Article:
The http://www.satellite-calculations.com site also has a cool sun outage visualization generator that will produce a graphic time lapse visualization of the path and extent of the minute-by-minute outage path.
Beware that by default, the map is usually initially zoomed in to a point that makes it appear to be just a solid colored box. You can zoom out several times to see a usable map.
When Sun Outage is Good
How, you might ask, can a sun outage possibly be a good thing.
Let us suppose that you are planning a new dish installation like I was back in the fall of 2014. The new studio location was in a wonderful old house surrounded by 70-foot tall pine, poplar and oak trees.
We talked to a local surveyor who said that he would have to take a sun shot and then calculate where the satellite would be in reference to that, then skew the transit around to the calculated position, etc, etc. And if we guessed wrong on the initial location, do it again and again until we centered one of the available clearings.
Did we have a path to the satellite (AMC-8 at that time)? I was absolutely certain that we had several potential paths but could not say exactly where we should plant the new 3.7 m Prodlin dish to look between the trees. The dish was going to be mounted on a non-penetrating mount but we really did not want to have to load and unload over 100 concrete blocks more than once.
An Easy Way to Point
I have a really cool smart phone enhanced reality app called DishPointer that is wonderful for surveying and aiming dishes but it does depend on the accuracy of the phones internal compass and sensors.
Unfortunately, at this site, a HV power line runs across the edge of the property that was totally out of play for the dish but drove the compass in my phone absolutely nuts to the point of making it useless. It also caused my old military compass to wildly skew around dozens of degrees as if we were shooting a doomsday movie.
But, wait! How about a sun shot in early October when sun outage advisories were flying around like confetti. I ran back to the new studio location on one of the predicted sun outage days and took a quick walk around the parking lot as soon as I heard the satellite burp and go silent.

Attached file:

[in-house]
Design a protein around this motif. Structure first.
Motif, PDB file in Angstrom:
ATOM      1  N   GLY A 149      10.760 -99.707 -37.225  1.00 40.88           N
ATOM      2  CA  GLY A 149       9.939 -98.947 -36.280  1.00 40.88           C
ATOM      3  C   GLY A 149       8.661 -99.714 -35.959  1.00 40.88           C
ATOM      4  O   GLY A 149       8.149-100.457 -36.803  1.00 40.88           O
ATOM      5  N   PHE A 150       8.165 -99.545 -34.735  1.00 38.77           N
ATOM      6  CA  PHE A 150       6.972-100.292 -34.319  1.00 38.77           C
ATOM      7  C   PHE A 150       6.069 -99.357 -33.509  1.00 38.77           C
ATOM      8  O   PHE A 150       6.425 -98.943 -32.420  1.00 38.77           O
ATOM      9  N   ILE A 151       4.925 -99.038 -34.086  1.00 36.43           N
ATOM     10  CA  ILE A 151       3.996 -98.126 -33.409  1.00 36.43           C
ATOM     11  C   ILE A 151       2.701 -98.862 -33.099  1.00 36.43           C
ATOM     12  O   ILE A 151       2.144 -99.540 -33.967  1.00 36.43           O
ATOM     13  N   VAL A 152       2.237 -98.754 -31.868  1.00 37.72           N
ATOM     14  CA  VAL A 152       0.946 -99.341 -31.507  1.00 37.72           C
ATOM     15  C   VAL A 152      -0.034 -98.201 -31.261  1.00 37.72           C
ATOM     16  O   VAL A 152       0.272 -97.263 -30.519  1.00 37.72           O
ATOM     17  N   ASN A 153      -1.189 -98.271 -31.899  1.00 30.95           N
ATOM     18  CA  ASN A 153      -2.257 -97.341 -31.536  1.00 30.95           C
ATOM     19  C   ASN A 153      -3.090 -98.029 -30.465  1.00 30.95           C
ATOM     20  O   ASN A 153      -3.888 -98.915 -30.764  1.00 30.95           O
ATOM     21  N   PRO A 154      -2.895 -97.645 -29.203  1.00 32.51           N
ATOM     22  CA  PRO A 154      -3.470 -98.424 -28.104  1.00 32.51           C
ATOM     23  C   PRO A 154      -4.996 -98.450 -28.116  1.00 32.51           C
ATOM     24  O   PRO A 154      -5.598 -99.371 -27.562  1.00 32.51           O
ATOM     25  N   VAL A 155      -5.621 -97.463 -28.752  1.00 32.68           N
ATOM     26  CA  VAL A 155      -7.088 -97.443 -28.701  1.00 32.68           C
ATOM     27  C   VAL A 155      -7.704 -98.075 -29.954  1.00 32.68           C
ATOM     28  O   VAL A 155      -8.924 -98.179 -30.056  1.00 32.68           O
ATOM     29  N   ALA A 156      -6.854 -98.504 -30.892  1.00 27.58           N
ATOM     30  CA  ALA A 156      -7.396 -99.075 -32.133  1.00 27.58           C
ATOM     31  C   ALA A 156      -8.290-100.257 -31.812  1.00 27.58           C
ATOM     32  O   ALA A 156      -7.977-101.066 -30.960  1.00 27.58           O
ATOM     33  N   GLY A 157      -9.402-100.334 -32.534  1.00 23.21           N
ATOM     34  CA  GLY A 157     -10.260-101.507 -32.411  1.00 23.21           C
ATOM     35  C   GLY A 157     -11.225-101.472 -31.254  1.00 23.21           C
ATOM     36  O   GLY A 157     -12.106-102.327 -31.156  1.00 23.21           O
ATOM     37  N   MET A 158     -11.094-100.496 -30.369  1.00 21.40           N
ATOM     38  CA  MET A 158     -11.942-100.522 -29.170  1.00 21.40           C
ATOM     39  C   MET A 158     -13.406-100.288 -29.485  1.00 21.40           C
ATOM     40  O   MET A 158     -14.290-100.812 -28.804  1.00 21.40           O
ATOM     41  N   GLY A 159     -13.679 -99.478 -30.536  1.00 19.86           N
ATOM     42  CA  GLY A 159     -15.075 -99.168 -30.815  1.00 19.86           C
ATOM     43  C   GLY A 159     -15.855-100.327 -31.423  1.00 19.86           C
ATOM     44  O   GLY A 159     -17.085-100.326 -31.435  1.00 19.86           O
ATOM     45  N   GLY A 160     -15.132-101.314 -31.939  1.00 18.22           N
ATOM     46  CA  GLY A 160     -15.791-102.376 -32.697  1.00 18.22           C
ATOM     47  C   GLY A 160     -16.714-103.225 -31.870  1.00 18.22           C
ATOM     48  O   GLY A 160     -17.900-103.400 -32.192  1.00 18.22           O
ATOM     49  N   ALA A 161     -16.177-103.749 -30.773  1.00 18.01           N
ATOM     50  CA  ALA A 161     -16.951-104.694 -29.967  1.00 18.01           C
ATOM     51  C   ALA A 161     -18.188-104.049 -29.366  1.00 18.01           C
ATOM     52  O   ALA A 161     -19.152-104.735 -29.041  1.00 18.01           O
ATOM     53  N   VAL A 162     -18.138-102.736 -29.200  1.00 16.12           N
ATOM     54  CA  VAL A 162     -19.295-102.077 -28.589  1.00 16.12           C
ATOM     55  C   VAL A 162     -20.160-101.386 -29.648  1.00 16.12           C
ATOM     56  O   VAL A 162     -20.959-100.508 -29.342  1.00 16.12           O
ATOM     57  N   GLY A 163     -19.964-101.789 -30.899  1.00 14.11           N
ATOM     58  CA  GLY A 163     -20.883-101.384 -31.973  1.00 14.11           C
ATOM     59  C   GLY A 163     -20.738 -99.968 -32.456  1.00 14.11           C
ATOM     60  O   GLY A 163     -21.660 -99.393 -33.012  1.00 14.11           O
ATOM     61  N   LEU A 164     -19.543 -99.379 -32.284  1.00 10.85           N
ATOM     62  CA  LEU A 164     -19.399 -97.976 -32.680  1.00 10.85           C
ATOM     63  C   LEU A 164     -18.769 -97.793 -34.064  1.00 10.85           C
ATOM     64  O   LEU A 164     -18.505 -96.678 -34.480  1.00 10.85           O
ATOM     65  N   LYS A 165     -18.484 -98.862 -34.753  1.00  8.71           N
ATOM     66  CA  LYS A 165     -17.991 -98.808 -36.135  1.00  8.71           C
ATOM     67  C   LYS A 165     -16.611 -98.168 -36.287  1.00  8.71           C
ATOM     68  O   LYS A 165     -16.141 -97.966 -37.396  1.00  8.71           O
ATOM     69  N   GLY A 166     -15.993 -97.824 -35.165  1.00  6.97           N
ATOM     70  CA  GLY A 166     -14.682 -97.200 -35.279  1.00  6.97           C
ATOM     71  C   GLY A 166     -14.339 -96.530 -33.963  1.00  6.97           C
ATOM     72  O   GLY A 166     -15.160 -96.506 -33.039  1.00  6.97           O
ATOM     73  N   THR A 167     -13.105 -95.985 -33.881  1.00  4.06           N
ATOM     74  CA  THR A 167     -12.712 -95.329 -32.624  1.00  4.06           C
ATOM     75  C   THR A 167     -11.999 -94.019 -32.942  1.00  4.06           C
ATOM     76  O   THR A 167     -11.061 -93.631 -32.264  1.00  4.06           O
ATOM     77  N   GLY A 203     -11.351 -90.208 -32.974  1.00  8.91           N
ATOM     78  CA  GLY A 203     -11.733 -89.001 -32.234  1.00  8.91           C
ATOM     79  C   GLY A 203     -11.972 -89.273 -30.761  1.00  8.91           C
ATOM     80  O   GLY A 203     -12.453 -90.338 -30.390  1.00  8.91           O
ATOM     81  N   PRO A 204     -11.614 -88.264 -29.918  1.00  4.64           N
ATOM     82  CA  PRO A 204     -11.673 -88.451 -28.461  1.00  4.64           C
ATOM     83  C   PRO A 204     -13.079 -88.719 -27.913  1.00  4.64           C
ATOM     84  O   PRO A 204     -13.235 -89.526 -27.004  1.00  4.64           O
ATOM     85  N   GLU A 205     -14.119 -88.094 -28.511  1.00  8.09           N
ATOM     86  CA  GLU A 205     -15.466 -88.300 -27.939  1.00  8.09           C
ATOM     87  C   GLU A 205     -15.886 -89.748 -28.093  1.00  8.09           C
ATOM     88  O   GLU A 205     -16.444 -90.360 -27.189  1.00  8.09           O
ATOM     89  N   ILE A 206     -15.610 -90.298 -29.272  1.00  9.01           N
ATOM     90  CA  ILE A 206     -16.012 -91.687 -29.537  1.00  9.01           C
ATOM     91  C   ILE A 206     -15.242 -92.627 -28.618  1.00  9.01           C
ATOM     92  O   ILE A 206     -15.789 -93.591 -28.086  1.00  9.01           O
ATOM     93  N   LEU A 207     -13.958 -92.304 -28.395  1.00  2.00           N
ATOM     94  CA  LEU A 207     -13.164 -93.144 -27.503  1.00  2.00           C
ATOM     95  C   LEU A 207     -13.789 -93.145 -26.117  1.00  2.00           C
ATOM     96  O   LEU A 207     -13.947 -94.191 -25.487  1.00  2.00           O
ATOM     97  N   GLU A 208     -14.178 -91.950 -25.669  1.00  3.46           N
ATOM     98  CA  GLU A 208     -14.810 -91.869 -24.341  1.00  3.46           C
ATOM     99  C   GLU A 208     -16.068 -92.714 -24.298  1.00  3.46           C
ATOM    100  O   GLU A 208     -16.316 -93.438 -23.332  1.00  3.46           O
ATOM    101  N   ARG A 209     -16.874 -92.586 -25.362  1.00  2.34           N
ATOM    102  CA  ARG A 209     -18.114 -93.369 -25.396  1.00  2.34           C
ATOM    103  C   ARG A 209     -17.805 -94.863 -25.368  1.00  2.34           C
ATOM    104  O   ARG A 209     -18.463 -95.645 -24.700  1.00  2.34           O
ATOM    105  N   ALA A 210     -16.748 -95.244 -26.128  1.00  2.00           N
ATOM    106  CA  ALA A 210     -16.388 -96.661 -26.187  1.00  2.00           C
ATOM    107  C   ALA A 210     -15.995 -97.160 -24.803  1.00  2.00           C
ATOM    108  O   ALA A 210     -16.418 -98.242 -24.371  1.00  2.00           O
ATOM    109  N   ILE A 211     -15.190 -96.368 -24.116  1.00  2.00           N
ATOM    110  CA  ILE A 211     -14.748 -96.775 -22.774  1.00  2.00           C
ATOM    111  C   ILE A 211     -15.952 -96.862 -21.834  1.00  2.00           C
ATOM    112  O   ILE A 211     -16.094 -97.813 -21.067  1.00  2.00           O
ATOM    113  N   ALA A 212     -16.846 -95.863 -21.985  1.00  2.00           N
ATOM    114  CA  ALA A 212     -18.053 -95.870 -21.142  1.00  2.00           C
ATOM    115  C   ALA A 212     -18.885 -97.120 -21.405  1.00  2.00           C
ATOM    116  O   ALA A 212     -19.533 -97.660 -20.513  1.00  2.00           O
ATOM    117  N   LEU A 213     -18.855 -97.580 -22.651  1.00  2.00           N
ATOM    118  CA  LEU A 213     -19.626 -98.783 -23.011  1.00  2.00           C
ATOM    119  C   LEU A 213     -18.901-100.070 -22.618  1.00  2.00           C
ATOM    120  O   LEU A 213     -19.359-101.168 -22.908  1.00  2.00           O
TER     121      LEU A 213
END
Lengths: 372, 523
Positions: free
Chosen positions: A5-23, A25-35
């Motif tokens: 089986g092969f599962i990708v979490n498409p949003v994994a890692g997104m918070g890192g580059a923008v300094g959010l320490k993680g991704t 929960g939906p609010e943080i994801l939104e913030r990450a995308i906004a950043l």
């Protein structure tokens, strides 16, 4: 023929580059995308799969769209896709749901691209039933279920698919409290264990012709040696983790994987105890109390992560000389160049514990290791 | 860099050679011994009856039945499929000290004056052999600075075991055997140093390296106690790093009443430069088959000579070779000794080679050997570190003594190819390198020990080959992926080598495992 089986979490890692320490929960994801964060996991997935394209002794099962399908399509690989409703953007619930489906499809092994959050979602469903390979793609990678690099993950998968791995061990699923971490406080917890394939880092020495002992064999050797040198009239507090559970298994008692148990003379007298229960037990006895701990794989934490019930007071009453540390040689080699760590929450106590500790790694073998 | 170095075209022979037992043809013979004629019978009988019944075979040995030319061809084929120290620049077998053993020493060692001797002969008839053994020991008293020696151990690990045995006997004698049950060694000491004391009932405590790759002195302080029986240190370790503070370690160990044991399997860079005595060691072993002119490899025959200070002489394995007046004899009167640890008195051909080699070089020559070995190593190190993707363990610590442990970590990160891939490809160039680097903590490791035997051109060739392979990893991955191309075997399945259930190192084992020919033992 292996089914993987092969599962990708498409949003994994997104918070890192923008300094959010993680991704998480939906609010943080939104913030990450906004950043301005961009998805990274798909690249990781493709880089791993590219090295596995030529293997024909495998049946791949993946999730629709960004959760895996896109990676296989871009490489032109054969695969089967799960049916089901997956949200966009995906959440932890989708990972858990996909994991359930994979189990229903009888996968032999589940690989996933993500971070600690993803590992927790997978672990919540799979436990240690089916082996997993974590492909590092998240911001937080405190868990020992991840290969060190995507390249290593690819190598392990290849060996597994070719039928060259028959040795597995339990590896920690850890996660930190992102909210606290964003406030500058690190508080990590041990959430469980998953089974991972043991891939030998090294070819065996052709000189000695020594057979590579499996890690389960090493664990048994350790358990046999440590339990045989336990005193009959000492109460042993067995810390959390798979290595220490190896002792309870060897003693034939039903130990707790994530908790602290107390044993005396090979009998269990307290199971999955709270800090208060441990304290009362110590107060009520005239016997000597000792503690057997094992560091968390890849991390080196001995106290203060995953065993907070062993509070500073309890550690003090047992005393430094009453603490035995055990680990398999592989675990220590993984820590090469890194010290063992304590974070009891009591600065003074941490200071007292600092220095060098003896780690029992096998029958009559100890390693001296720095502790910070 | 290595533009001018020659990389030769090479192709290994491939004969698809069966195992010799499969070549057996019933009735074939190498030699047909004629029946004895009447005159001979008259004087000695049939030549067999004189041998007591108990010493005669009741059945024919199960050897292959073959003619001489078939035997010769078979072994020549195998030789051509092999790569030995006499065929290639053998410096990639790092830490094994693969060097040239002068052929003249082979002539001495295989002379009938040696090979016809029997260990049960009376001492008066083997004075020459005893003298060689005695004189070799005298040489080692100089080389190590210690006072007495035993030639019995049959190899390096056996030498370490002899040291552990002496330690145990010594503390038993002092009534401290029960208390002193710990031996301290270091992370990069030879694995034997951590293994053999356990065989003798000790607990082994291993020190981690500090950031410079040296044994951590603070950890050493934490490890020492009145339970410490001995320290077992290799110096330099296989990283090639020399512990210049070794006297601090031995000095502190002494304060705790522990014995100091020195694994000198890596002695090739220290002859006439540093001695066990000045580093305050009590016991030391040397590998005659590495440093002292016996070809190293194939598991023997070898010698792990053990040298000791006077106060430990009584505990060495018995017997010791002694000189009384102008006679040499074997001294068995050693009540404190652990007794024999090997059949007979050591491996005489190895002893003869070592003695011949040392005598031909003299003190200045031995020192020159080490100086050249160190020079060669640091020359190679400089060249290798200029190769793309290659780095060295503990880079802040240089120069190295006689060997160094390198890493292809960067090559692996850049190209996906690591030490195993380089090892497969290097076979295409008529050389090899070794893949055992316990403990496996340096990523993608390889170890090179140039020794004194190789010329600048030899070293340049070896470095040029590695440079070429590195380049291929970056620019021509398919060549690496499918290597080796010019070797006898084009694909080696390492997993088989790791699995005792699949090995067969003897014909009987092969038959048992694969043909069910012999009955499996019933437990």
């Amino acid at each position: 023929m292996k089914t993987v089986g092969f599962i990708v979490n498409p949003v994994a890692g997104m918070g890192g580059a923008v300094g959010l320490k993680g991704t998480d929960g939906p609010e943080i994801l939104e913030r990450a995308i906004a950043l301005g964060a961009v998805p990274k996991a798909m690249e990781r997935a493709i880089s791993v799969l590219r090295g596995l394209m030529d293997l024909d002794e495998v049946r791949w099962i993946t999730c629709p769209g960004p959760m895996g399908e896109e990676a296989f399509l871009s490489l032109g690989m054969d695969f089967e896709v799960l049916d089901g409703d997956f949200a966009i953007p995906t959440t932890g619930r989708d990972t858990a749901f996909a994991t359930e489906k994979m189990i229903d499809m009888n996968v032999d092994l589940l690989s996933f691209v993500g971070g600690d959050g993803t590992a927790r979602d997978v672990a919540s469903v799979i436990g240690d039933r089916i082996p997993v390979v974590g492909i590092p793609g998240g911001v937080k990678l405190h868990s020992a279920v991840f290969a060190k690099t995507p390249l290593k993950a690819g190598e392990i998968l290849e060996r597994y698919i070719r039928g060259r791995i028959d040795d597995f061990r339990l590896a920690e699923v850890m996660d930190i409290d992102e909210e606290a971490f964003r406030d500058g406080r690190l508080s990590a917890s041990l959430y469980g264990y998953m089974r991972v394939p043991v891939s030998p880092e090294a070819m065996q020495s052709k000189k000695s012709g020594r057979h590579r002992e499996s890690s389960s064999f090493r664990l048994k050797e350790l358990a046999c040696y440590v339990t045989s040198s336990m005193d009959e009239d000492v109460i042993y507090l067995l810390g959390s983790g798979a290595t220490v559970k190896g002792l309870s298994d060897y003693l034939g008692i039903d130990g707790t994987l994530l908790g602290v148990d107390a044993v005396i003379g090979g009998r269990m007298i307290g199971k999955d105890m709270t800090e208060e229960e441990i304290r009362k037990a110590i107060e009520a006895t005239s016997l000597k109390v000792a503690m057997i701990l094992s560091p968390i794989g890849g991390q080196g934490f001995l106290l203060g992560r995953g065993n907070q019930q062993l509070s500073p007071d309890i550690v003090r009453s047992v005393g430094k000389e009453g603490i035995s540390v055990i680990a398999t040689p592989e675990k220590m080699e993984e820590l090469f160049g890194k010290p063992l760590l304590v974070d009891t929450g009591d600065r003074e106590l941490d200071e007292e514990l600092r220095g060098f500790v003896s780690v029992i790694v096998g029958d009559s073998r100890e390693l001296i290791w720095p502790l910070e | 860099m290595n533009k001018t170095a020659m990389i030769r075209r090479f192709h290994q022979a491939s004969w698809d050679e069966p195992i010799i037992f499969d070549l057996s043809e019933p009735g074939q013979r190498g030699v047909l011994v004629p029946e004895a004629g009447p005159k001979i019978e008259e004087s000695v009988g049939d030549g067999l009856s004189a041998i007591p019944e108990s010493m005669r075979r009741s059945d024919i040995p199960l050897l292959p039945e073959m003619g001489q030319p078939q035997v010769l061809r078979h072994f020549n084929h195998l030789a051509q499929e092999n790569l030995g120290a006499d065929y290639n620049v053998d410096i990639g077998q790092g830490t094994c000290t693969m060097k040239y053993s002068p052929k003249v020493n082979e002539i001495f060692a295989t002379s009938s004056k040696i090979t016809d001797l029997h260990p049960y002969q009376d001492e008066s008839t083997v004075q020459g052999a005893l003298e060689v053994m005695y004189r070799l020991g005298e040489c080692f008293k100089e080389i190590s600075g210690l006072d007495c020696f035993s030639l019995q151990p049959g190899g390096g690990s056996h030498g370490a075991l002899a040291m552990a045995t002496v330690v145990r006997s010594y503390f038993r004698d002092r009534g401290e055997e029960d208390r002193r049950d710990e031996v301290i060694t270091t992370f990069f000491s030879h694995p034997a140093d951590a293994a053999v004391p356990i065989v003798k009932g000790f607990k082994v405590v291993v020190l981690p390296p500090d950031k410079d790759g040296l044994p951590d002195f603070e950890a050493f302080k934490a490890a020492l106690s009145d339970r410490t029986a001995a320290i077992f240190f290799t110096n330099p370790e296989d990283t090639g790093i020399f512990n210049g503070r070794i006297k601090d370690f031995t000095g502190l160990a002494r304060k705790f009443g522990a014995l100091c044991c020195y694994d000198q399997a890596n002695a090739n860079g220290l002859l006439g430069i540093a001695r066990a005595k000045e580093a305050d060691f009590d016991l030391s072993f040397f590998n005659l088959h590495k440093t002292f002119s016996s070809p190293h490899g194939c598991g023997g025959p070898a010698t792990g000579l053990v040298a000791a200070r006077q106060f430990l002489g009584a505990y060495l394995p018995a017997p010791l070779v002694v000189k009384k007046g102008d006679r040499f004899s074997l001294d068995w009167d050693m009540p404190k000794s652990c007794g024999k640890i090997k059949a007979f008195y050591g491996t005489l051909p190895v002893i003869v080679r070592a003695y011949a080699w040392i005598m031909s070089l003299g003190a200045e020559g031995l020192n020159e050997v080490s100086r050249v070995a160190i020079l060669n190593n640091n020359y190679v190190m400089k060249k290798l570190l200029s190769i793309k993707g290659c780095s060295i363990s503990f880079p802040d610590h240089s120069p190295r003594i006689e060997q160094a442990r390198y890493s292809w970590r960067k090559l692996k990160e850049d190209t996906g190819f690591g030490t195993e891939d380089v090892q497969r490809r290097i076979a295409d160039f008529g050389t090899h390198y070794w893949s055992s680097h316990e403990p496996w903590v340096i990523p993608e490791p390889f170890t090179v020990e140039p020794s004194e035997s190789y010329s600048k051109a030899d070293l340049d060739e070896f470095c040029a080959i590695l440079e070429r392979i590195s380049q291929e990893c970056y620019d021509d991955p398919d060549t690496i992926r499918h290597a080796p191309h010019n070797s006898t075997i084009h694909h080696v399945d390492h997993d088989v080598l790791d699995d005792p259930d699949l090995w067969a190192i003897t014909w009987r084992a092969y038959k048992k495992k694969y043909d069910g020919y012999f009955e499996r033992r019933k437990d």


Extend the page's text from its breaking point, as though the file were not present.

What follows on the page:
During the five minute outage, I marked several locations that had good views of the sun thru breaks in the trees and later came back to the site with the owner to pick one. When we installled the new dish, it was dead centered in the chosen break in the trees.
Without the seasonal sun outage, the owner might have had to pay a surveyor several hundred dollars to do several sun shots at potential dish locations or me to assemble and move the dish several times.
Please note that unless your clearing is extremely narrow, you can extrapolate the satellite’s position from the sun’s location for several days before or after the sun outage maximum if you cannot check it dead center in the max.
After the renovations proceeded through the winter, we built the studio and installed the new dish in the Spring of the next year just before the Spring Equinox.
We assembled and mounted the big Prodlin dish and then we intentionally waited until the next day’s calculated sun outage maximum. We spun the dish around and tilted it up until the shadow of the feed was centered in the Prodlin center hub and locked it down temporary.
Later, after installing the LNB I found what would have been enough signal to have locked most receivers without touching the AZ/EL adjustments. It was not perfect by any means but was closer than I sometimes come using careful measurements, A quick effort maximized the received signal, and this one is ready to serve for years.
Meanwhile, we encourage you to be working on your witty responses to the PD that you had just reminded for the 5th time.
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Kevin Kidd, CSRE/AMD, is the proprietor of AM Ground Systems Company and KK Broadcast Engineering.
You can contact Kevin at: firstname.lastname@example.org or via: www.amgroundsystems.com